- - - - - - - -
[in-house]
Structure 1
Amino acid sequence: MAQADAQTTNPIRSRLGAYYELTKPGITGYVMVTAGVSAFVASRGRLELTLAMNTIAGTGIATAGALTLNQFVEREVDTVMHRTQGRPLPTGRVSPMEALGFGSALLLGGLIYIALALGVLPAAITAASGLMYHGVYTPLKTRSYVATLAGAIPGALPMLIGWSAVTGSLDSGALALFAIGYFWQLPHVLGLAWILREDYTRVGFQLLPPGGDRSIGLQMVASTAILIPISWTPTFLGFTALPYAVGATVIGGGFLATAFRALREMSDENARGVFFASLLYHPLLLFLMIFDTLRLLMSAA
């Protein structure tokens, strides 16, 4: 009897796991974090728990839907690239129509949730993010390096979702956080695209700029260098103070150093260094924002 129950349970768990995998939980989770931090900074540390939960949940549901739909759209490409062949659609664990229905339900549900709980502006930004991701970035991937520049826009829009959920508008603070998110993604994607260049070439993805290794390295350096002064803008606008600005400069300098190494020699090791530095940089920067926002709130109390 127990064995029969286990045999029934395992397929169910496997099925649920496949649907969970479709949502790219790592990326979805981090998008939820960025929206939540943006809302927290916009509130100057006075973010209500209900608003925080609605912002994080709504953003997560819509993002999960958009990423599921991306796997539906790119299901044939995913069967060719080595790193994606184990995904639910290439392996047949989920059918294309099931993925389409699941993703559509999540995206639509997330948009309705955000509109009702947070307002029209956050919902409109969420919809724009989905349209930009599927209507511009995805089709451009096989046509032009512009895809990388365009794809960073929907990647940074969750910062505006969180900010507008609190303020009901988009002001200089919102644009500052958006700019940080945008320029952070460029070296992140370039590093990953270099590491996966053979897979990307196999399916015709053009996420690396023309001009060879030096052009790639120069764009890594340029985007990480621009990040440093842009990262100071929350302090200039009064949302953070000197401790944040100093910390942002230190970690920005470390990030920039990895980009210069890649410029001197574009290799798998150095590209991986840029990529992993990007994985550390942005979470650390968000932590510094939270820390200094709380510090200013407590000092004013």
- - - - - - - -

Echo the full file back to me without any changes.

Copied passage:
[in-house]
Structure 1
Amino acid sequence: MAQADAQTTNPIRSRLGAYYELTKPGITGYVMVTAGVSAFVASRGRLELTLAMNTIAGTGIATAGALTLNQFVEREVDTVMHRTQGRPLPTGRVSPMEALGFGSALLLGGLIYIALALGVLPAAITAASGLMYHGVYTPLKTRSYVATLAGAIPGALPMLIGWSAVTGSLDSGALALFAIGYFWQLPHVLGLAWILREDYTRVGFQLLPPGGDRSIGLQMVASTAILIPISWTPTFLGFTALPYAVGATVIGGGFLATAFRALREMSDENARGVFFASLLYHPLLLFLMIFDTLRLLMSAA
């Protein structure tokens, strides 16, 4: 009897796991974090728990839907690239129509949730993010390096979702956080695209700029260098103070150093260094924002 129950349970768990995998939980989770931090900074540390939960949940549901739909759209490409062949659609664990229905339900549900709980502006930004991701970035991937520049826009829009959920508008603070998110993604994607260049070439993805290794390295350096002064803008606008600005400069300098190494020699090791530095940089920067926002709130109390 127990064995029969286990045999029934395992397929169910496997099925649920496949649907969970479709949502790219790592990326979805981090998008939820960025929206939540943006809302927290916009509130100057006075973010209500209900608003925080609605912002994080709504953003997560819509993002999960958009990423599921991306796997539906790119299901044939995913069967060719080595790193994606184990995904639910290439392996047949989920059918294309099931993925389409699941993703559509999540995206639509997330948009309705955000509109009702947070307002029209956050919902409109969420919809724009989905349209930009599927209507511009995805089709451009096989046509032009512009895809990388365009794809960073929907990647940074969750910062505006969180900010507008609190303020009901988009002001200089919102644009500052958006700019940080945008320029952070460029070296992140370039590093990953270099590491996966053979897979990307196999399916015709053009996420690396023309001009060879030096052009790639120069764009890594340029985007990480621009990040440093842009990262100071929350302090200039009064949302953070000197401790944040100093910390942002230190970690920005470390990030920039990895980009210069890649410029001197574009290799798998150095590209991986840029990529992993990007994985550390942005979470650390968000932590510094939270820390200094709380510090200013407590000092004013």